A supermassive black hole has been found at the center of a tiny galaxy, a rare find. What makes the discovery even more unique is that it has been located in an ultracompact dwarf galaxy, stunning researchers.
The findings, published in the Monthly Notices of the Royal Astronomical Society, note that the galaxy Fornax UCD3 is part of a set called ultracompact dwarfs (UCDs), a very rare set of galaxies.
"We have discovered a supermassive black hole in the center of Fornax UCD3," said the study's lead author, Anton Afanasiev, in a statement. "The black hole mass is 3.5 million that of the Sun, similar to the central black hole in our own Milky Way."
UCDs are especially rare, as they are larger, brighter and more massive than other galaxies, including our own Milky Way. What makes the find of the supermassive black hole at the center of the UCD so notable is that UCDs tend to be very small, with radiuses not exceeding 300 light years and an overall mass of several tens of millions of solar masses.
"Similarly to other known UCDs that harbor black holes, UCD3 hosts metal rich stars enhanced in α-elements that support the tidal stripping of a massive progenitor as its likely formation scenario," the study's abstract reads.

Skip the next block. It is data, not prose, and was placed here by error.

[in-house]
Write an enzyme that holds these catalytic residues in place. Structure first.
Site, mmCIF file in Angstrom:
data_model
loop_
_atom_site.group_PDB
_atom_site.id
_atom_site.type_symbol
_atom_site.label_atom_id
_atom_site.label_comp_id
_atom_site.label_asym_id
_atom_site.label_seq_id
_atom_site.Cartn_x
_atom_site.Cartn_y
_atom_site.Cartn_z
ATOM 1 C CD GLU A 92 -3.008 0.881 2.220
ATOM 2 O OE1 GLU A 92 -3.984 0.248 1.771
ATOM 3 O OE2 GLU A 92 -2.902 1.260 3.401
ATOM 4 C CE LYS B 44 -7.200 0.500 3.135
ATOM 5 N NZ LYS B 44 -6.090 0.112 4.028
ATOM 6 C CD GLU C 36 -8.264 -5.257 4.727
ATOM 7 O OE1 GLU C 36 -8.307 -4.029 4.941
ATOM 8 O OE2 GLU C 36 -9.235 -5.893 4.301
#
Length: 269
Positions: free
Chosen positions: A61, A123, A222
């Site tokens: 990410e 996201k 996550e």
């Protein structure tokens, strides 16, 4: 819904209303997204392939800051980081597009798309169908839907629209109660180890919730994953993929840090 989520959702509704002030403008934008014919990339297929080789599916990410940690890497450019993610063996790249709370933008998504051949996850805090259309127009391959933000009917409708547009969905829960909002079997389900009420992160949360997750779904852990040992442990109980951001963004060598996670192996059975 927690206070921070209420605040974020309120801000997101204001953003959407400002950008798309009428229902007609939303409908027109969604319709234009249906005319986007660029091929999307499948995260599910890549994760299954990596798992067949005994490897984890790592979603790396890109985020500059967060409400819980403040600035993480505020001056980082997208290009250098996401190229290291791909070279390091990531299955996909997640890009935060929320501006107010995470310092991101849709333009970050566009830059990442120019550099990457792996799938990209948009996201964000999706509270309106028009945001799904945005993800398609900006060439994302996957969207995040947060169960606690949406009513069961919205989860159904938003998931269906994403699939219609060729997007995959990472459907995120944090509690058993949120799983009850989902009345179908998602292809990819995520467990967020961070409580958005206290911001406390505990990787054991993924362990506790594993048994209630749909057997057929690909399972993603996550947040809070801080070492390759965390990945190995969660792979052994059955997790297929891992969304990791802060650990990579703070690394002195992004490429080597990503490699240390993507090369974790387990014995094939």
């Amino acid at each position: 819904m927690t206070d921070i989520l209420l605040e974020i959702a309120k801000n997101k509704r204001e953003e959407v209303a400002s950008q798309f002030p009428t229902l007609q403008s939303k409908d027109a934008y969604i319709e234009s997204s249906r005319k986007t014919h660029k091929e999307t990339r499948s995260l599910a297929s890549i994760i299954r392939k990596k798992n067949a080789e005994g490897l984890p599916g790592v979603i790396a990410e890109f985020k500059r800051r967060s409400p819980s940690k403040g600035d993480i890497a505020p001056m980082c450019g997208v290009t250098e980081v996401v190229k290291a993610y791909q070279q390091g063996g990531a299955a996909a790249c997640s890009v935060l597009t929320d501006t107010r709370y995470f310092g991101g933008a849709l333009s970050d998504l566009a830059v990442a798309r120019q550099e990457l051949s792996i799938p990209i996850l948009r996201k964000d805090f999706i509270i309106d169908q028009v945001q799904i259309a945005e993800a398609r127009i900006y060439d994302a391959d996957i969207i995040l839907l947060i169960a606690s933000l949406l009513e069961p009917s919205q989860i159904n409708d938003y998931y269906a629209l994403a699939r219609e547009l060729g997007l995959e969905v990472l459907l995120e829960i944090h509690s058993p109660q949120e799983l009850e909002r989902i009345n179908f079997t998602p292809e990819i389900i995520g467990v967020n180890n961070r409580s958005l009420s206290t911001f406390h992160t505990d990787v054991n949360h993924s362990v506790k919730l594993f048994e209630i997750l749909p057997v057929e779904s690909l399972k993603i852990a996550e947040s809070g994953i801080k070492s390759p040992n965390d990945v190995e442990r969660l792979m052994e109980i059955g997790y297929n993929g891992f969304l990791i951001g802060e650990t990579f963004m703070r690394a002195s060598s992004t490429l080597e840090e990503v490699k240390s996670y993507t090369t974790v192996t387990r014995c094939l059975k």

By comparison, the Milky Way is about 100,000 light years across, or a radius of 50,000 light years.
The findings were made with data collected from SINFONI, an "infrared integral field spectrograph installed at one of the 8-m VLT telescopes in Chile operated by the European Southern Observatory," according to the statement.
The mass of the supermassive black hole is particularly eye opening as well, approximately 3.5 million times our Sun at its center. This is approximately the same size of the supermassive black hole found in the Milky Way, Sagittarius A*.
The supermassive black hole found is only the fourth one found inside a UCD. At its mass, it accounts for approximately 3 percent of the total mass of the Fornax UCD3 galaxy.
In other, more "normal" galaxies, a supermassive black hole accounts for approximately 0.3 percent of a galaxy's total mass.
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